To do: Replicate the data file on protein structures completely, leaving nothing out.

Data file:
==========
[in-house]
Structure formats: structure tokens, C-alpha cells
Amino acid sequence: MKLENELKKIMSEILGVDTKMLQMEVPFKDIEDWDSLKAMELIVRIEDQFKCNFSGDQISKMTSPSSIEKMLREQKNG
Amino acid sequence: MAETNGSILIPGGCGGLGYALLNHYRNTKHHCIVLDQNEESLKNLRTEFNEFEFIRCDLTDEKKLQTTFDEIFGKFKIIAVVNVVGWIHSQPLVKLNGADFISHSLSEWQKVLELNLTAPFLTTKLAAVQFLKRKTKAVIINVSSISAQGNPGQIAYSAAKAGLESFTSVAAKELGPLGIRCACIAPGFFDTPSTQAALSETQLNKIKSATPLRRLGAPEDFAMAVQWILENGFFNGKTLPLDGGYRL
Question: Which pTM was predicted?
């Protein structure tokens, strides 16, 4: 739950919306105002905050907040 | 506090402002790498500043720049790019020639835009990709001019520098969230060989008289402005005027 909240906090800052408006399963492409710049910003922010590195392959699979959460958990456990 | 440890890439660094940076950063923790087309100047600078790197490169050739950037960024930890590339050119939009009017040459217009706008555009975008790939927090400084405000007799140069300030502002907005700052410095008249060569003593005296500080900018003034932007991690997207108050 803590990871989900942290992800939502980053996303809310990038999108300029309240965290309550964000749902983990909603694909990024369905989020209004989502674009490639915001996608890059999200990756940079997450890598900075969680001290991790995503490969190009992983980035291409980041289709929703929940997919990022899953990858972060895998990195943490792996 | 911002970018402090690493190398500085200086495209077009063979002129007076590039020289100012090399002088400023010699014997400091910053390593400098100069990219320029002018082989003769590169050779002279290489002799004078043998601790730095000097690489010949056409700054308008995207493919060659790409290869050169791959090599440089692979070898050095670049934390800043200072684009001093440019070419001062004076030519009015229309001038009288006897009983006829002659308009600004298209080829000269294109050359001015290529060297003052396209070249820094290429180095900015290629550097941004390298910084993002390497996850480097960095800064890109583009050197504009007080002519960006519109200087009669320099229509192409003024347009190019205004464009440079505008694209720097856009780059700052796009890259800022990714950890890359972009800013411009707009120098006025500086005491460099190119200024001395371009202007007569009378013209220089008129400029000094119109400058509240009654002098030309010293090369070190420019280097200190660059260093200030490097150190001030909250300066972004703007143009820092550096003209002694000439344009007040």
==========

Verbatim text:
[in-house]
Structure formats: structure tokens, C-alpha cells
Amino acid sequence: MKLENELKKIMSEILGVDTKMLQMEVPFKDIEDWDSLKAMELIVRIEDQFKCNFSGDQISKMTSPSSIEKMLREQKNG
Amino acid sequence: MAETNGSILIPGGCGGLGYALLNHYRNTKHHCIVLDQNEESLKNLRTEFNEFEFIRCDLTDEKKLQTTFDEIFGKFKIIAVVNVVGWIHSQPLVKLNGADFISHSLSEWQKVLELNLTAPFLTTKLAAVQFLKRKTKAVIINVSSISAQGNPGQIAYSAAKAGLESFTSVAAKELGPLGIRCACIAPGFFDTPSTQAALSETQLNKIKSATPLRRLGAPEDFAMAVQWILENGFFNGKTLPLDGGYRL
Question: Which pTM was predicted?
């Protein structure tokens, strides 16, 4: 739950919306105002905050907040 | 506090402002790498500043720049790019020639835009990709001019520098969230060989008289402005005027 909240906090800052408006399963492409710049910003922010590195392959699979959460958990456990 | 440890890439660094940076950063923790087309100047600078790197490169050739950037960024930890590339050119939009009017040459217009706008555009975008790939927090400084405000007799140069300030502002907005700052410095008249060569003593005296500080900018003034932007991690997207108050 803590990871989900942290992800939502980053996303809310990038999108300029309240965290309550964000749902983990909603694909990024369905989020209004989502674009490639915001996608890059999200990756940079997450890598900075969680001290991790995503490969190009992983980035291409980041289709929703929940997919990022899953990858972060895998990195943490792996 | 911002970018402090690493190398500085200086495209077009063979002129007076590039020289100012090399002088400023010699014997400091910053390593400098100069990219320029002018082989003769590169050779002279290489002799004078043998601790730095000097690489010949056409700054308008995207493919060659790409290869050169791959090599440089692979070898050095670049934390800043200072684009001093440019070419001062004076030519009015229309001038009288006897009983006829002659308009600004298209080829000269294109050359001015290529060297003052396209070249820094290429180095900015290629550097941004390298910084993002390497996850480097960095800064890109583009050197504009007080002519960006519109200087009669320099229509192409003024347009190019205004464009440079505008694209720097856009780059700052796009890259800022990714950890890359972009800013411009707009120098006025500086005491460099190119200024001395371009202007007569009378013209220089008129400029000094119109400058509240009654002098030309010293090369070190420019280097200190660059260093200030490097150190001030909250300066972004703007143009820092550096003209002694000439344009007040």